December 19, 2014
Porter Allen Batts
State of Alabama
from Madison Circuit Court. (CC-13-1227).
Appellant: Chad A. Morgan, Huntsville.
Appellee: Luther Strange, Atty. Gen., and Madeline H. Lewis,
Asst. Atty. Gen.
Judge., Windom, P.J., and Welch, Kellum, and Joiner, JJ.,
Allen Batts was convicted of trafficking in cocaine, a
violation of § 13A-12-231(2), Ala. Code 1975, and of
first-degree criminal mischief, a violation of §
13A-7-21, Ala. Code 1975. He was sentenced as a habitual
felony offender to life imprisonment without the possibility
of parole for the trafficking conviction and to 25 years'
imprisonment for the criminal-mischief conviction. This
review of the record reveals that Batts was arrested for the
charged crimes on February 2, 2009, but was not brought to
trial until August 11, 2014. On May 8, 2009, Batts filed a
motion in which he demanded a speedy trial. On April 12,
2013, Batts filed a motion to dismiss the charges against
him, alleging a violation of his right to a speedy trial
under the United States Supreme Court's holding in
Barker v. Wingo, 407 U.S. 514, 92 S.Ct. 2182, 33
L.Ed.2d 101 (1972).
trial court held a hearing on Batts's motion to dismiss
the morning of trial. At the hearing, the following exchange
" [Defense counsel]: Judge, just in reference to the
motion [to dismiss], for simplicity's sake, I just
reiterate my motion in full as of now with the caselaw that
was presented. It was presumptively prejudicial against my
client for the case to be ongoing for 50 months when I filed
the motion -- it was in the 50th month when I filed the
motion. Now we are over 60 months since the time he was
arrested for this case. He asserted that right for speedy
trial back in 2009 through his former counsel. Judge, we
would ask the case be dismissed for lack of a speedy trial,
which is prejudicial in the difference --
" THE COURT: The Court has looked at your argument
regarding your motion and is somewhat familiar with the
caselaw regarding that issue, and the Court determines that
this is not a case that should be granted dismissal on the
basis of lack of speedy trial; and, therefore, your motion is
(R. 6-7.) Nothing else is contained in the record regarding
Batts's motion to dismiss on a speedy-trial ground.
appeal, Batts argues, among other things, that the trial
court erred by failing to consider the factors established in
Barker v. Wingo. In Barker, the United States
Supreme Court directed that, when determining whether a
defendant's constitutional right to a speedy trial has
been violated, a court must consider: (1) the length of
the delay; (2) the reasons for the delay; (3) the
defendant's assertion of his right to a speedy trial; and
(4) the prejudice to the defendant. See Ex parte
Walker, 928 So.2d 259 (Ala. 2005)(providing an analysis
of the proper application of the Barker factors).
brief on appeal, Batts cites State v. Tolliver, [Ms.
CR-12-2020, March 14, 2014] 171 So.3d 94 (Ala.Crim.App.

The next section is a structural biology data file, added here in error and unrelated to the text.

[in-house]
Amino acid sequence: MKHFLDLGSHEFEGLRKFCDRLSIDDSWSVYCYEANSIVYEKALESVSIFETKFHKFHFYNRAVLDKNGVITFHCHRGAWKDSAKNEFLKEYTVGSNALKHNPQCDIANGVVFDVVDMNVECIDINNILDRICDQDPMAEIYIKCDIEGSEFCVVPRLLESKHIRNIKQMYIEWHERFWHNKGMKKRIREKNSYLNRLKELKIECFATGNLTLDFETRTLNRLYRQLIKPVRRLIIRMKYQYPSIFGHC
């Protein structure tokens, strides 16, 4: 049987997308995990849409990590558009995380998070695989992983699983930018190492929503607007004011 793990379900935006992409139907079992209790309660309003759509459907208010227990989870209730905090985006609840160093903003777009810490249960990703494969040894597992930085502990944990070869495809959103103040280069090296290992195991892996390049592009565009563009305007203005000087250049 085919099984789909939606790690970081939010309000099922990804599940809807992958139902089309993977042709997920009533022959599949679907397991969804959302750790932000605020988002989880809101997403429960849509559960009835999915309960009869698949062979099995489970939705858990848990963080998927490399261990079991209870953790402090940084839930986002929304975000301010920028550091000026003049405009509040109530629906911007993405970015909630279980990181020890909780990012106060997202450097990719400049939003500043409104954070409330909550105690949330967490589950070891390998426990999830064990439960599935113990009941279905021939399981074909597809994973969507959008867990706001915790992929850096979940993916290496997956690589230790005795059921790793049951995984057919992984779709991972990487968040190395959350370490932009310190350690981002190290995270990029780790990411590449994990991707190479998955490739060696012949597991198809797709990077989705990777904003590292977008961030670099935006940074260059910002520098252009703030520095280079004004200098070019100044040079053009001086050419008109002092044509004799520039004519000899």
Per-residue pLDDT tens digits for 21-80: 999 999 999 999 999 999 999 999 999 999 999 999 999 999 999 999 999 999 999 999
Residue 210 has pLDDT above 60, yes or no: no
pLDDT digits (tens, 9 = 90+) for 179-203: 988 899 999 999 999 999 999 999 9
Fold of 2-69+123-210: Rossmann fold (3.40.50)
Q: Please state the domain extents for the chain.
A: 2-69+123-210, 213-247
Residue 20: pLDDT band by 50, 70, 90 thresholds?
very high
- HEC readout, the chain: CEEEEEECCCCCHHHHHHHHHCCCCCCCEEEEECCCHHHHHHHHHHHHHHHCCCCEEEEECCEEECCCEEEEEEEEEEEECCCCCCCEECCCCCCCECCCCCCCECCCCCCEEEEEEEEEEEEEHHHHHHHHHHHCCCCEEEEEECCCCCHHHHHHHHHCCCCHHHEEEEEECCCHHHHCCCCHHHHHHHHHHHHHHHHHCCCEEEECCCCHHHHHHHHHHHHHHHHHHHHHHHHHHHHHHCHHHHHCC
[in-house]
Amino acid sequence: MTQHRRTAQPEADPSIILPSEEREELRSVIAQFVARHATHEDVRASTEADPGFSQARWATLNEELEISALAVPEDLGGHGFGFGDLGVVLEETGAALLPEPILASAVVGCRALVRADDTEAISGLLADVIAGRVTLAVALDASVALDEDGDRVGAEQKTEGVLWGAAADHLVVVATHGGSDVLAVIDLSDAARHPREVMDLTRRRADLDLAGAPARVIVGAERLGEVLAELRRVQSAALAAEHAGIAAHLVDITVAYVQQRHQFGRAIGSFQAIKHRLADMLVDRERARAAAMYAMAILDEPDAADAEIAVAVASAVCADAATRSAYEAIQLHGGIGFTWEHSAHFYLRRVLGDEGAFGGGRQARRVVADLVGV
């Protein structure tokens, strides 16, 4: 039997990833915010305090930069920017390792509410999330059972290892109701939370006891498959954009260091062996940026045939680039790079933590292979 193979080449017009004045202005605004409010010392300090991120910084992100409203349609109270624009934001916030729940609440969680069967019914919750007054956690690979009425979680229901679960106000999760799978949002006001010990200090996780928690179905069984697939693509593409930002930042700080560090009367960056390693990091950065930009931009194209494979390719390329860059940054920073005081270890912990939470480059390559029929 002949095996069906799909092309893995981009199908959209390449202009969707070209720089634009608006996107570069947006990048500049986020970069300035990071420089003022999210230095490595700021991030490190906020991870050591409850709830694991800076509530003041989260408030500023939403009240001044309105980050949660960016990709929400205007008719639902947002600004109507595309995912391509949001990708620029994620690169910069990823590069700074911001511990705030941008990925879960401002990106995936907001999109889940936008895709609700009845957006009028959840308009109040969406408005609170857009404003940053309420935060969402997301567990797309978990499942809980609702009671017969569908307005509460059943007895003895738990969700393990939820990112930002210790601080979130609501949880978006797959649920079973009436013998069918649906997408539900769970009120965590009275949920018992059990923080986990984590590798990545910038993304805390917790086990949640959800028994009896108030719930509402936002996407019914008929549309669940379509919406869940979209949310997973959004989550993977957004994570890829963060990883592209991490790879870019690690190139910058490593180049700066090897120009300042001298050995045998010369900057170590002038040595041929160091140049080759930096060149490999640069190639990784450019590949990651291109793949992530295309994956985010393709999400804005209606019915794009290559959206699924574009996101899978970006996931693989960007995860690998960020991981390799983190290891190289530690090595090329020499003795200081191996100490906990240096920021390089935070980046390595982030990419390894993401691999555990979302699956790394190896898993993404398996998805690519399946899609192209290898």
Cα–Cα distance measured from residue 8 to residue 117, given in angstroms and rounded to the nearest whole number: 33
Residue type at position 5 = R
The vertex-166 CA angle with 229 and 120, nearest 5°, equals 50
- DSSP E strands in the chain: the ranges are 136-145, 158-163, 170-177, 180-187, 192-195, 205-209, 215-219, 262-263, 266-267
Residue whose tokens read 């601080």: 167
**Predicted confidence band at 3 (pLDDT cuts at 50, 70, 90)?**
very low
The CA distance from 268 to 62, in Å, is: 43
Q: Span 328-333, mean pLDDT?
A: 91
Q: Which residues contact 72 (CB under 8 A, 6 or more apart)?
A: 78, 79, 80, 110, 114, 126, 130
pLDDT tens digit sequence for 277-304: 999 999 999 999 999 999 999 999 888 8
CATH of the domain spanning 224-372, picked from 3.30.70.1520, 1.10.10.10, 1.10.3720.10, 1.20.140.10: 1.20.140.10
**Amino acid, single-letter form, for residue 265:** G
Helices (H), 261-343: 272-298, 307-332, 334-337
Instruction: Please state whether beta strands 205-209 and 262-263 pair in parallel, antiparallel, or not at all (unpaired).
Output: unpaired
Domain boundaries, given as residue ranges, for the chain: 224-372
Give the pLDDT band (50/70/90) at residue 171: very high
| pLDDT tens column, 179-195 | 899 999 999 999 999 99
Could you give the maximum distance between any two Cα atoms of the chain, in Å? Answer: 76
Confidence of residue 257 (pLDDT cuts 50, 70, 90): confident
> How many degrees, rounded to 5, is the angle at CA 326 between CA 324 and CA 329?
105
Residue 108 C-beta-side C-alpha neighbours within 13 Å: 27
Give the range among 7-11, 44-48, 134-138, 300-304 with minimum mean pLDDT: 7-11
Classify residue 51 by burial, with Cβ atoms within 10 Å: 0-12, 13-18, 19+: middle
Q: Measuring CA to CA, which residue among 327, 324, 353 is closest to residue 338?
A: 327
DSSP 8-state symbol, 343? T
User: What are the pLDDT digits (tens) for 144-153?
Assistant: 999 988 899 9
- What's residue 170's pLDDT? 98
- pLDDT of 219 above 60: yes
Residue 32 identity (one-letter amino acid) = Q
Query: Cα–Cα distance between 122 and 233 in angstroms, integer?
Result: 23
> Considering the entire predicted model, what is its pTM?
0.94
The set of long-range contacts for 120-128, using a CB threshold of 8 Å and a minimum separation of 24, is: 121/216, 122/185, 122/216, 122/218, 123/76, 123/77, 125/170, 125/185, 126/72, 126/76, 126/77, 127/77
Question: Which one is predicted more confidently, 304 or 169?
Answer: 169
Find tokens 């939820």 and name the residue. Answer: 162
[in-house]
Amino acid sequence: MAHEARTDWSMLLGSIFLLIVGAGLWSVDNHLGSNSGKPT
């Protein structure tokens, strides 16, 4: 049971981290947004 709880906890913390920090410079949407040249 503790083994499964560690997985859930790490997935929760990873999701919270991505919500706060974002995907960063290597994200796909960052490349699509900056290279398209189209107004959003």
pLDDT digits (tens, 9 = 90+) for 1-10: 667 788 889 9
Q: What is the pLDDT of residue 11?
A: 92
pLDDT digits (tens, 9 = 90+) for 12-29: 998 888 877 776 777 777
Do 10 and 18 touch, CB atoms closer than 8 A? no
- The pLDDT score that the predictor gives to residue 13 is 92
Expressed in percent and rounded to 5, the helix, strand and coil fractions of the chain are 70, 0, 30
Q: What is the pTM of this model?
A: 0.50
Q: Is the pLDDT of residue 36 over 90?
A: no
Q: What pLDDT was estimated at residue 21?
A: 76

2014), in which this Court addressed a similar issue. In
Tolliver, the trial court granted the defendant's motion
to dismiss for lack of a speedy trial and the State appealed.
On appeal, the State argued, as does Batts, that the trial
court erred in making its decision without considering the
factors set out in Barker. This Court held:
" The record does not affirmatively indicate that the
circuit court weighed each of the factors as required by
Barker. Therefore, we remand this case for the trial court to
make specific, written findings of fact as to each Barker
factor with reference to the principles set forth by the
Alabama Supreme Court in Ex parte Walker, [928 So.2d
259 (Ala. 2005]. See, e.g., Parris v. State, 885
So.2d 813 (Ala.Crim.App. 2001). If the trial court determines
that it needs to conduct an additional hearing to take
additional evidence or to hear additional arguments, it may
Tolliver, __ So.3d __at __.
present case, the record is similarly devoid of any
indication that the trial court considered and weighed each
of the Barker factors. As noted, the trial court stated that
it was " somewhat familiar with the caselaw"
regarding a defendant's right to a speedy trial. (R. 7.)
However, the trial court's only reasoning regarding its
denial of Batts's motion was its determination "
that this is not a case that should be granted dismissal on
the basis of lack of speedy trial." (R. 7.) Accordingly,
this Court is unable to determine whether the trial court
considered and weighed the factors set out in Barker.
Tolliver, supra, this case is remanded to the trial
court with instructions that it make specific, written
findings of fact as to each Barker factor with reference to
the principles set forth in Ex parte Walker, supra.
If the trial court determines that it needs to conduct an
additional hearing to take additional evidence or to hear
additional arguments, it may do so. On remand, the trial
court shall take all necessary action to see that the circuit
clerk makes due return to this Court at the earliest possible
time and within 35 days after the release of this opinion.
The return to remand shall include the trial court's
specific, written findings of fact; a transcript of any
additional hearing; and copies of any additional documents or
evidence that may be submitted to the trial court.
P.J., and Welch, Kellum, and Joiner, JJ., concur.